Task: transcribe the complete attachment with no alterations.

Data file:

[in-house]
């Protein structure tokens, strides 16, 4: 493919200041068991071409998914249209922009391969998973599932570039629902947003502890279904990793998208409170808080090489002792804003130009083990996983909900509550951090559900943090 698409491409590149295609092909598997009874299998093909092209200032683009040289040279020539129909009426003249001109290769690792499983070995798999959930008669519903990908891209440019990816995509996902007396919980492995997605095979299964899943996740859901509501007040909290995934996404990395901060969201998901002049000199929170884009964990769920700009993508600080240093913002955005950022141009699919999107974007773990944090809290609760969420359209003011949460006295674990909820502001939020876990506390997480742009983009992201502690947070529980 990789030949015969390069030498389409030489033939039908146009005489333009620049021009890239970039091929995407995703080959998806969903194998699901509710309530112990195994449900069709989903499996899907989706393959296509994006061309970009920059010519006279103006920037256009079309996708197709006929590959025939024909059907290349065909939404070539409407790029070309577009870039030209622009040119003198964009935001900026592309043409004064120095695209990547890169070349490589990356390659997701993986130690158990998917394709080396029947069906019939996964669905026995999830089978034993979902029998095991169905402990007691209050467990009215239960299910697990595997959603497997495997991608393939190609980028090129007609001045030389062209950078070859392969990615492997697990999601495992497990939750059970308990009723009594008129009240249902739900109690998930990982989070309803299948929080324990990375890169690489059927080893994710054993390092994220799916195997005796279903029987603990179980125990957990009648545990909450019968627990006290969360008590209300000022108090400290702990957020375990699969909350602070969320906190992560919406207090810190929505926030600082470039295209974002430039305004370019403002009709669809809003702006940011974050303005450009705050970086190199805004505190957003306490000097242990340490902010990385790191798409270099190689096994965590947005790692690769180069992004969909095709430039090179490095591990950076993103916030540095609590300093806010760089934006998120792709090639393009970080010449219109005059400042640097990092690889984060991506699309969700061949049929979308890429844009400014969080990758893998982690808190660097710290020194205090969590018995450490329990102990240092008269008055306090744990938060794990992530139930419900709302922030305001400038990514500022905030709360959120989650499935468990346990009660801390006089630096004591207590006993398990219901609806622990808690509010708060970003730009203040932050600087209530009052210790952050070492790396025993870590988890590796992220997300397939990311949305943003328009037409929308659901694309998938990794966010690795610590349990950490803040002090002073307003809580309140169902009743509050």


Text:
[in-house]
């Protein structure tokens, strides 16, 4: 493919200041068991071409998914249209922009391969998973599932570039629902947003502890279904990793998208409170808080090489002792804003130009083990996983909900509550951090559900943090 698409491409590149295609092909598997009874299998093909092209200032683009040289040279020539129909009426003249001109290769690792499983070995798999959930008669519903990908891209440019990816995509996902007396919980492995997605095979299964899943996740859901509501007040909290995934996404990395901060969201998901002049000199929170884009964990769920700009993508600080240093913002955005950022141009699919999107974007773990944090809290609760969420359209003011949460006295674990909820502001939020876990506390997480742009983009992201502690947070529980 990789030949015969390069030498389409030489033939039908146009005489333009620049021009890239970039091929995407995703080959998806969903194998699901509710309530112990195994449900069709989903499996899907989706393959296509994006061309970009920059010519006279103006920037256009079309996708197709006929590959025939024909059907290349065909939404070539409407790029070309577009870039030209622009040119003198964009935001900026592309043409004064120095695209990547890169070349490589990356390659997701993986130690158990998917394709080396029947069906019939996964669905026995999830089978034993979902029998095991169905402990007691209050467990009215239960299910697990595997959603497997495997991608393939190609980028090129007609001045030389062209950078070859392969990615492997697990999601495992497990939750059970308990009723009594008129009240249902739900109690998930990982989070309803299948929080324990990375890169690489059927080893994710054993390092994220799916195997005796279903029987603990179980125990957990009648545990909450019968627990006290969360008590209300000022108090400290702990957020375990699969909350602070969320906190992560919406207090810190929505926030600082470039295209974002430039305004370019403002009709669809809003702006940011974050303005450009705050970086190199805004505190957003306490000097242990340490902010990385790191798409270099190689096994965590947005790692690769180069992004969909095709430039090179490095591990950076993103916030540095609590300093806010760089934006998120792709090639393009970080010449219109005059400042640097990092690889984060991506699309969700061949049929979308890429844009400014969080990758893998982690808190660097710290020194205090969590018995450490329990102990240092008269008055306090744990938060794990992530139930419900709302922030305001400038990514500022905030709360959120989650499935468990346990009660801390006089630096004591207590006993398990219901609806622990808690509010708060970003730009203040932050600087209530009052210790952050070492790396025993870590988890590796992220997300397939990311949305943003328009037409929308659901694309998938990794966010690795610590349990950490803040002090002073307003809580309140169902009743509050």